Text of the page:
Looking to get that year-or-two-old shooter you’ve wanted to download for awhile but figured you could wait for it to drop to a dirt-cheap price? According to EA Senior Vice President of Global E-Commerce David DeMartini, his company’s digital distribution service Origin won’t be dabbling much in that bargain-bin price strategy its main competitor Steam has become known for.
“We won’t be doing that,” DeMartini told GamesIndustry International at E3 this week. “Obviously they think it’s the right thing to do after a certain amount of time. I just think it cheapens your intellectual property. I know both sides of it, I understand it.”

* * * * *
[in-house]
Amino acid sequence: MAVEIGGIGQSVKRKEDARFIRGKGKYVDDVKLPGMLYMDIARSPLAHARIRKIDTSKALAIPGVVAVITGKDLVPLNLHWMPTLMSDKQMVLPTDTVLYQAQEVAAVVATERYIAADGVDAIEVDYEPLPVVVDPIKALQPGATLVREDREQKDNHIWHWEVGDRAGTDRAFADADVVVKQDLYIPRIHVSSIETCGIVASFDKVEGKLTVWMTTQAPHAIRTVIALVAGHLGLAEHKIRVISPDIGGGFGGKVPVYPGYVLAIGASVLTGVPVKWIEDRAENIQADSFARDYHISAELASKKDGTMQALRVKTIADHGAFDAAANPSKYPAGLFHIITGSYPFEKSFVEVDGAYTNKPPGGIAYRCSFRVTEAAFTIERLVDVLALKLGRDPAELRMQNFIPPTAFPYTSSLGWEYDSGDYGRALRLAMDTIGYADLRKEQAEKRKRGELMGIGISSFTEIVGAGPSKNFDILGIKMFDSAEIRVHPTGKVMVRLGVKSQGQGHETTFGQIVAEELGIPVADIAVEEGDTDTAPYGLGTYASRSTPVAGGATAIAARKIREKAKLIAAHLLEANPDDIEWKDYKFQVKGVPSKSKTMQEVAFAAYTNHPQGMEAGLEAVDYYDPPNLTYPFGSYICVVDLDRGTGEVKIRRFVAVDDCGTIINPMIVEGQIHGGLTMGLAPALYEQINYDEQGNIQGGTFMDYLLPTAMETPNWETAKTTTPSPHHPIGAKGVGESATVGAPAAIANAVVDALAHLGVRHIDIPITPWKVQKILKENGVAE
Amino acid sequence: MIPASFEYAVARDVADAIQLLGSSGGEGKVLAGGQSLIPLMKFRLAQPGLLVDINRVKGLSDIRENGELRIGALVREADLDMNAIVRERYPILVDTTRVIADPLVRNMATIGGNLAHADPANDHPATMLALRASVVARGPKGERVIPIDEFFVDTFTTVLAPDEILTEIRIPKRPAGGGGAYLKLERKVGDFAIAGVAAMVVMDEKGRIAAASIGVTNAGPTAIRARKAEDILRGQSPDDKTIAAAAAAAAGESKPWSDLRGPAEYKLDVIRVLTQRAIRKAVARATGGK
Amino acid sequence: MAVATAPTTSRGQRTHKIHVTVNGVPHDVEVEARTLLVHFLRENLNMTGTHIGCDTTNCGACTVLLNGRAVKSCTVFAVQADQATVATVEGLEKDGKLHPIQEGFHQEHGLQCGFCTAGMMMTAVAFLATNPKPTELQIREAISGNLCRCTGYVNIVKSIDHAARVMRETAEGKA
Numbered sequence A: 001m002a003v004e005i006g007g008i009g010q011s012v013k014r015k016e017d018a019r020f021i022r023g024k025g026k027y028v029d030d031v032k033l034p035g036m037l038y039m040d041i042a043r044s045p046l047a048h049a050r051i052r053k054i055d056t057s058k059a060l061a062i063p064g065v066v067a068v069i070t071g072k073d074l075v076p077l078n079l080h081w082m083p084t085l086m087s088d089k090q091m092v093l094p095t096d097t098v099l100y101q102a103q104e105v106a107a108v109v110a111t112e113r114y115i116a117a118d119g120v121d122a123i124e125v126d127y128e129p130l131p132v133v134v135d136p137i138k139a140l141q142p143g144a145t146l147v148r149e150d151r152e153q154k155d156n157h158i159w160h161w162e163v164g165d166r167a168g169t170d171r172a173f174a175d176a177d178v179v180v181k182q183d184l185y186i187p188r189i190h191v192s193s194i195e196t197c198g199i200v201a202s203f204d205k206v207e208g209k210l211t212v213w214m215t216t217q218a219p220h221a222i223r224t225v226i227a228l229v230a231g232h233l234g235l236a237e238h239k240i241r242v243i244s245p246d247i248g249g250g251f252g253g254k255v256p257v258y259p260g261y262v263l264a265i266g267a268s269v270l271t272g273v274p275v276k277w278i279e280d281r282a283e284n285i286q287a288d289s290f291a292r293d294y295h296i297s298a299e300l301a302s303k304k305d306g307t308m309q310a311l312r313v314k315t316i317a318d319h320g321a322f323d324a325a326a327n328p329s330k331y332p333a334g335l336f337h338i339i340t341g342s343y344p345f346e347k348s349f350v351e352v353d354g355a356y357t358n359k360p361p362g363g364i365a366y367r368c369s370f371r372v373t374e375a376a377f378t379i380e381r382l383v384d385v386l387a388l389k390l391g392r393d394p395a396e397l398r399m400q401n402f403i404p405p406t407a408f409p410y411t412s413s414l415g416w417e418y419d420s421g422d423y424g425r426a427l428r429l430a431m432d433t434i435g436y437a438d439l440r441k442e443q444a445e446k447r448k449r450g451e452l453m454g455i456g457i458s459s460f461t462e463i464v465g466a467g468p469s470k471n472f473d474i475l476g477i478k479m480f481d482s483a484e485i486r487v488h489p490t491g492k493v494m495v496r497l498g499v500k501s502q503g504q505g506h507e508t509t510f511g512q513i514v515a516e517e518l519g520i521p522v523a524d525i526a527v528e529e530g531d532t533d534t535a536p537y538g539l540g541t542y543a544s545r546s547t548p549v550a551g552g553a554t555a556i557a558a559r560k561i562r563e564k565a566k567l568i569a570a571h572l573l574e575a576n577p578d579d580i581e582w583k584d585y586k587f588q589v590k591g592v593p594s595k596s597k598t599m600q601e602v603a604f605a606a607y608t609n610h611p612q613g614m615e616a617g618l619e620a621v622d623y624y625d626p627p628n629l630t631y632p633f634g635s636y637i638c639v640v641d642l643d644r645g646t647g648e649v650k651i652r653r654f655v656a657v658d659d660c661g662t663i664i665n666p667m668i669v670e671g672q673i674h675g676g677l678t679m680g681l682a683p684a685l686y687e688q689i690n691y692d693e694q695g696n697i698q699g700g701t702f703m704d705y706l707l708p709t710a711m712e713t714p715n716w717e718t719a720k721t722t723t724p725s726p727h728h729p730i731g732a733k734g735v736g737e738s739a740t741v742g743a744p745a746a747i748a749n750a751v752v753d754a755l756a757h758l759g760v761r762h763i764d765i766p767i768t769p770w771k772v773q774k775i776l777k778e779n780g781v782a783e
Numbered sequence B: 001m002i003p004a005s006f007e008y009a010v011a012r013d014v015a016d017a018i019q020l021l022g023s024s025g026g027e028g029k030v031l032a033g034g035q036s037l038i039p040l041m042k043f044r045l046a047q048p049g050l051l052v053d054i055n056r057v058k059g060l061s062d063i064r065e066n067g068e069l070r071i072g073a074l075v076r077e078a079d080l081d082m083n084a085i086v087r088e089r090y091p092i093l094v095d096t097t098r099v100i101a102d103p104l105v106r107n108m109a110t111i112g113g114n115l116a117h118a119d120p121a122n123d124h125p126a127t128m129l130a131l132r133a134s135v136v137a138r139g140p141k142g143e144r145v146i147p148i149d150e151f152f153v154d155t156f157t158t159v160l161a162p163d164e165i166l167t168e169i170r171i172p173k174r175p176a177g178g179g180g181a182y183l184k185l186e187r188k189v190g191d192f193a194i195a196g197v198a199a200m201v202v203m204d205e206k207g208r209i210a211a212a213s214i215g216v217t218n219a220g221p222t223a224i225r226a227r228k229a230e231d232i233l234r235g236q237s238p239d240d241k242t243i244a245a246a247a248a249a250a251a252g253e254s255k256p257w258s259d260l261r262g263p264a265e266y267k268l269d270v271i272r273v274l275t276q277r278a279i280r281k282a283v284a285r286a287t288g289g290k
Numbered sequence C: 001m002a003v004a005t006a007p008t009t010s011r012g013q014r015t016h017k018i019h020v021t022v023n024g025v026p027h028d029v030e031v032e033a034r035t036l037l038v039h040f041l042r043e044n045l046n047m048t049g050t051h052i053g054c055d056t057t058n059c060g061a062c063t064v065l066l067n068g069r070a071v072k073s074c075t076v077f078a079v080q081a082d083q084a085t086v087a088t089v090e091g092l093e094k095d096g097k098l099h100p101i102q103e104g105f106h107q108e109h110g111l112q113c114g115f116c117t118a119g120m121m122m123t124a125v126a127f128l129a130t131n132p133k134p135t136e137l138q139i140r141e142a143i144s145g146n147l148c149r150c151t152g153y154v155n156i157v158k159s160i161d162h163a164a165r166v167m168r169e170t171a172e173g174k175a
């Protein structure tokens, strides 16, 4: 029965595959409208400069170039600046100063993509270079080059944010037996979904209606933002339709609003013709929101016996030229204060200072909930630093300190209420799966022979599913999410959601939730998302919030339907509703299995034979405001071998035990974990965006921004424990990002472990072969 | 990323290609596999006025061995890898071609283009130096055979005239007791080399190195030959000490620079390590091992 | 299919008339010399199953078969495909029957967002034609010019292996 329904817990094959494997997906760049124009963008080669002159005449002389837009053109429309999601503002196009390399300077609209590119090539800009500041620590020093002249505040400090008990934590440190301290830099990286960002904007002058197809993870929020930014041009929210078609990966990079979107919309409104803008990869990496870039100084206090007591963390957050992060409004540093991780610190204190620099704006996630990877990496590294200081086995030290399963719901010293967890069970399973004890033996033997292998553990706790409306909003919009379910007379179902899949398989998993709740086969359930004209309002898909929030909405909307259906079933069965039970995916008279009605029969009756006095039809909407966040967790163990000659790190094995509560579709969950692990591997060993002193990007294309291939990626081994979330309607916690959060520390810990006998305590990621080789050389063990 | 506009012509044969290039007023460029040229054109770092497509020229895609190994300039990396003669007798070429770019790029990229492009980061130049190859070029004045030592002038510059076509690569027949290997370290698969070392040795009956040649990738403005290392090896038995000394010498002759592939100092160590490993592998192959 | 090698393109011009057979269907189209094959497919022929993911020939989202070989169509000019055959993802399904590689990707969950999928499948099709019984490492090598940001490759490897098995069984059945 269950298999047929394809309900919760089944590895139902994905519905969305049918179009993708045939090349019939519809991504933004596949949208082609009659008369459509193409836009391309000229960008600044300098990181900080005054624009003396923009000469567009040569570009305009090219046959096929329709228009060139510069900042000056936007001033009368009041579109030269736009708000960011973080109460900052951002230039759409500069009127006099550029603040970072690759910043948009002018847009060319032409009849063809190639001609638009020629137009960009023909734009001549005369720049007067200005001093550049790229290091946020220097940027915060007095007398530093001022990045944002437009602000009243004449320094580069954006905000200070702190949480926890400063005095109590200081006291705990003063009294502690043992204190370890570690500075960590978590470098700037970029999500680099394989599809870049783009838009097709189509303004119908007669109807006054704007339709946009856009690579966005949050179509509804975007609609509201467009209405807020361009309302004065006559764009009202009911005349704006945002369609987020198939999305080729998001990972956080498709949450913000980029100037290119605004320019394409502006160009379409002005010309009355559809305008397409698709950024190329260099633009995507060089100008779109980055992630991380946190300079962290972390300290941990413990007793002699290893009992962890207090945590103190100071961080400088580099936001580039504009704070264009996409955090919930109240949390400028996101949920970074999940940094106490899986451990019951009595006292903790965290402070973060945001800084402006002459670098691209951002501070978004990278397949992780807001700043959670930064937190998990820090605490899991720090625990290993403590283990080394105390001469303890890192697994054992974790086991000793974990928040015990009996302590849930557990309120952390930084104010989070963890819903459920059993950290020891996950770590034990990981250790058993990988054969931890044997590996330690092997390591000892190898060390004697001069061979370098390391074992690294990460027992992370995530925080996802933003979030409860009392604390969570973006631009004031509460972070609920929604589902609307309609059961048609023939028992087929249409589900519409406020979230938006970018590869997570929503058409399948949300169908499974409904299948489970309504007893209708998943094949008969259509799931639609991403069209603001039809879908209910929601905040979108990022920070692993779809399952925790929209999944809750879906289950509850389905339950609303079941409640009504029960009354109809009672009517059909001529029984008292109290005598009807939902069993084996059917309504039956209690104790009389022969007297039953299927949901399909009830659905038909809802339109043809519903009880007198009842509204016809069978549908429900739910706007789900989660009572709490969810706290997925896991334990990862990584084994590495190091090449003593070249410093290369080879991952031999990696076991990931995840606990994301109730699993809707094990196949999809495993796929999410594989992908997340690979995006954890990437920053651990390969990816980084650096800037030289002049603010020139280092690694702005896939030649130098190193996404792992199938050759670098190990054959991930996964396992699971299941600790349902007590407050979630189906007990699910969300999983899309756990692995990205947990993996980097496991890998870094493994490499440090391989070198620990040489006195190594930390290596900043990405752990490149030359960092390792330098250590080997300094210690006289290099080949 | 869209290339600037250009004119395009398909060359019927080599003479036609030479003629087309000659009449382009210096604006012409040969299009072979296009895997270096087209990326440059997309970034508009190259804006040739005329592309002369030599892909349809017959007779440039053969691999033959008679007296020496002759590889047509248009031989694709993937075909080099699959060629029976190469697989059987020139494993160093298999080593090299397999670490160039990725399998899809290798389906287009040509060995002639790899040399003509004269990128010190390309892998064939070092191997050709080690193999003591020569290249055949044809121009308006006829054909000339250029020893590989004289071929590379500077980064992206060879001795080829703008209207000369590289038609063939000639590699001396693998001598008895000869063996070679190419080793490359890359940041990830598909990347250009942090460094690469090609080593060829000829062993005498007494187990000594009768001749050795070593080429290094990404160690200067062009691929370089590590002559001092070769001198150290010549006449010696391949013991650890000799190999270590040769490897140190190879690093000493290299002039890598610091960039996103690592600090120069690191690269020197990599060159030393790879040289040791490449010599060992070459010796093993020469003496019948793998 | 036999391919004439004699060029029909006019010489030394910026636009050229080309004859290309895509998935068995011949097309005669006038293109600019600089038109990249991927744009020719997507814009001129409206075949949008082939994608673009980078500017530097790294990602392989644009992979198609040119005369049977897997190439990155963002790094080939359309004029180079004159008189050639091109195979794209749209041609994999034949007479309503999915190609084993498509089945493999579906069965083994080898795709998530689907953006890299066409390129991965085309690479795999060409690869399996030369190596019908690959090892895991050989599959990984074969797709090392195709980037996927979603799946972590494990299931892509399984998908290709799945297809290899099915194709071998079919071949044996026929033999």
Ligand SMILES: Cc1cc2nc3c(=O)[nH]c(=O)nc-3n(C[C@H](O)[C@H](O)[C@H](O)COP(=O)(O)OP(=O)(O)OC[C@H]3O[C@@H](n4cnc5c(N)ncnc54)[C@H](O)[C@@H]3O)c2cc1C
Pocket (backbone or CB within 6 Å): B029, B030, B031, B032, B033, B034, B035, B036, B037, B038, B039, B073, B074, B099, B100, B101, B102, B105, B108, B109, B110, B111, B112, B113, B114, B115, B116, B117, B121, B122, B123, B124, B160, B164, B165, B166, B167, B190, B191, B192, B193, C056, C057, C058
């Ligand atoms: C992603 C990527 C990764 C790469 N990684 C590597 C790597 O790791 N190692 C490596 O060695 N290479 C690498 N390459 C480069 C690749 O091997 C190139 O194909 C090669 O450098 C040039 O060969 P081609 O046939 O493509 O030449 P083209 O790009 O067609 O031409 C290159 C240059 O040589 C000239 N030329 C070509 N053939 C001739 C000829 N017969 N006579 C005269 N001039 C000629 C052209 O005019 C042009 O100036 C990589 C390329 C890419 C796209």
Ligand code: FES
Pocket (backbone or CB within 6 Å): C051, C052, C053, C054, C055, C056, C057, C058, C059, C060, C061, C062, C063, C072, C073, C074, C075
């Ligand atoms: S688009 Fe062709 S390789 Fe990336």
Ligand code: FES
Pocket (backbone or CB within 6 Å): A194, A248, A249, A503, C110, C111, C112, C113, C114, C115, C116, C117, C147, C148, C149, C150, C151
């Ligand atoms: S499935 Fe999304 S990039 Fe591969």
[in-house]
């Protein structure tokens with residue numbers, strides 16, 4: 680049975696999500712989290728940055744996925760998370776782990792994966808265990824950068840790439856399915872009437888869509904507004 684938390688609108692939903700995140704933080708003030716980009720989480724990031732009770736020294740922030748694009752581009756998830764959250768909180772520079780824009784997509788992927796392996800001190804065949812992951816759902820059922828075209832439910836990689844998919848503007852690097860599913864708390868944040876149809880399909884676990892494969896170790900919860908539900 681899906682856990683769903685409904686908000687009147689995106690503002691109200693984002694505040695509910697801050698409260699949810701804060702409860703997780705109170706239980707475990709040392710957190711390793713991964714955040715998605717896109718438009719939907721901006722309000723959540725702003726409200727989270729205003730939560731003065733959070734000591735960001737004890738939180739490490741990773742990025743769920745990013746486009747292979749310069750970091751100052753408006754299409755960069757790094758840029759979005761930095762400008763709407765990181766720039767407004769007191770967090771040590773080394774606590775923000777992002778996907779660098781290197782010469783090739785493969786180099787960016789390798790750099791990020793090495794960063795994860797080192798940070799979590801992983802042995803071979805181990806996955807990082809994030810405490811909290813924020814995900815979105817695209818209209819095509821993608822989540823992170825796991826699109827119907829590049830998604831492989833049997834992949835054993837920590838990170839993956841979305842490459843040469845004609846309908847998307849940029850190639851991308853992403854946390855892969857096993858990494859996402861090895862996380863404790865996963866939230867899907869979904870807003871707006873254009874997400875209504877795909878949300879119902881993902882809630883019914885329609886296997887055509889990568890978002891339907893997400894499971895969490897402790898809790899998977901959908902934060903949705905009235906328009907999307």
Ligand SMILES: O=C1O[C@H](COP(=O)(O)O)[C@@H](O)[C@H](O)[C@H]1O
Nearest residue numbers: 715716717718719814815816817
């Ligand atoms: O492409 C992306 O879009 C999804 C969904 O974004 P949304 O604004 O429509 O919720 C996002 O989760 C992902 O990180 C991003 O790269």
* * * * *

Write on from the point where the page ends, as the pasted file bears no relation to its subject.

The hope for DeMartini, then, is for his Origin service to aspire to be known for more than the sales it holds on products, comparing Steam’s sales strategy to a certain bulls-eyed big box retailer.
“The gamemakers work incredibly hard to make this intellectual property, and we’re not trying to be Target. We’re trying to be Nordstrom,” DeMartini continued. “When I say that, I mean good value – we’re trying to give you a fair price point, and occasionally there will be things that are on sale you could look for a discount, just don’t look for 75 percent off going-out-of-business sales.
Differentiating oneself from the competition is a fundamentally sound plan, though we’ll see if game buyers are willing to look past deep discounts for perhaps a more well-rounded purchasing and playing experience.